The heavy clouds of the garua look as if they might move out of the way and allow the setting sun to appear today for the first time. From the beach where we landed, we  hike a brief distance past several  large cactus to reach the striking white sand beach on the northern end of Santa Cruz. The sun finally slips from behind the clouds during its final hour of the day. It’s the wonderful “golden hour” where everything is bathed in a soft, warm color. And it’s because of those wonderful colors I’m turning the rest of this post  over to the photos.

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Our group watching the lone flamingo wading in a mangrove pond behind the beach

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Walking the beautiful sandy beach at Las Bachas on the northern end of Santa Cruz

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Sally Lightfoot crab in a tidal pool; tracks made by a sea turtle nesting above high tide

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A good end to a good day as the Zodiacs head back to the Endeavour


Lindblad Endeavour Galapagos Cruise Links

The Galapagos Experience                                         Endeavour Dining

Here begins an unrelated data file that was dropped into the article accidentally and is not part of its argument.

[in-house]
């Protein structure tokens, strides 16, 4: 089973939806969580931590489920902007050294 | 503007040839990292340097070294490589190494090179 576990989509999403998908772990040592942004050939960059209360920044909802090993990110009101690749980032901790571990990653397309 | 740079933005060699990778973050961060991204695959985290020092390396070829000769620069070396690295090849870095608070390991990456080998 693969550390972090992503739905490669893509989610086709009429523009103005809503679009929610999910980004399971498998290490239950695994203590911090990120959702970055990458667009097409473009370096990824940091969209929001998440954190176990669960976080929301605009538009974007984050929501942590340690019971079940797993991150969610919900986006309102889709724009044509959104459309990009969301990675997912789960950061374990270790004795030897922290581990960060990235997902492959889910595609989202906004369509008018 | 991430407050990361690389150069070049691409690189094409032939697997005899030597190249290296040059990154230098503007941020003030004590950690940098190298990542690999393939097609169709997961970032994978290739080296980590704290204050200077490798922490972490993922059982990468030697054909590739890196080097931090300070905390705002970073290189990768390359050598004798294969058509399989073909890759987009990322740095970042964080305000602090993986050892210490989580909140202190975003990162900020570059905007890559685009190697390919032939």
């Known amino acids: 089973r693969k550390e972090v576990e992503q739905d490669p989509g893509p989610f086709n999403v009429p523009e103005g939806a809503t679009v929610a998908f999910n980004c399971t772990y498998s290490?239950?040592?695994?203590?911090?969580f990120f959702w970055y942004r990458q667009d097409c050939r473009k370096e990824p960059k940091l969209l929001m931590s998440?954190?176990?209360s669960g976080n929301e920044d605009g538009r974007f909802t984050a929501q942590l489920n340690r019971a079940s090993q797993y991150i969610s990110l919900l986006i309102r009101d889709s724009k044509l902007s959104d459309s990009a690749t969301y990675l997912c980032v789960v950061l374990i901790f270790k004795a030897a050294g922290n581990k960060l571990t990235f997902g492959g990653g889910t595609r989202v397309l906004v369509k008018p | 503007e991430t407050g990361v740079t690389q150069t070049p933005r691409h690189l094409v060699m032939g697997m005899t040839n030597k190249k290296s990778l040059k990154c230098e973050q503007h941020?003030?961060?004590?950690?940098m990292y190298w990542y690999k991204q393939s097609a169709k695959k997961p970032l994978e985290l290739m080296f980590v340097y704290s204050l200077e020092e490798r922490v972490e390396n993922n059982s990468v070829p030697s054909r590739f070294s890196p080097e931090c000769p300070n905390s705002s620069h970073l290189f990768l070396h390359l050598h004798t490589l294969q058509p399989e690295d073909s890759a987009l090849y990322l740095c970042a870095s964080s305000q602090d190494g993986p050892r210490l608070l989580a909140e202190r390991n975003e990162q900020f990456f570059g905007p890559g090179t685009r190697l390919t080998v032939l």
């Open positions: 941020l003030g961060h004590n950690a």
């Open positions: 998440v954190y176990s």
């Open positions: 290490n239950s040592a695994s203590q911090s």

Galapagos Adventure Upcoming                              Sustainable Dining Policy
How Darwin Saved The Galapagos                           Saturday Dining Menus
Galapagos Photo Tips                                                    Sunday Dining Menus
What To Pack For Cruise                                              Monday Dining Menus
Getting to Guayaquil                                                      Tuesday Dining Menus
Las Bachas Shore Landing                                           Wednesday Dining Menus
North Seymour Shore Landing                                   Thursday Dining Menus
Fernandina & Isabela Islands                                     Friday Finale Menus
Urbina Bay Shore Landing                                            Endeavour Recipes
Life Aboard The Endeavour
More About Life On Board
Puerto Egas Shore Landing
Endeavour’s Floating SPA
Meeting One of World’s Rarest Animals
Puerto Ayoro Walking Tour
Santa Cruz Highlands Tour
Hunting Tortoises in the Santa Cruz Highlands
San Cristobal, Endeavour’s final stop

Lindblad Galapagos Adventure Cruise On The Horizon

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Lindblad Expedition’s “National Geographic Endeavour”

Normally it’s impossible on the same day to snorkel with such cold water animals as penguins and fur seals and at the same time encounter typically warm water reef fish like Moorish idols and the red-colored squirrelfish and soldierfish. Cold and warm water marine animals usually are found thousands of miles (and thousands of dollars) apart … except in the fabled Galapagos Islands.

Even more intriguing are the Galapagos’ fascinating land animals, particularly the giant tortoises, marine and land iguanas and the blue-footed boobies. Overall, at least one‑third of the land species inhabiting the Galapagos Islands are found nowhere else in the world.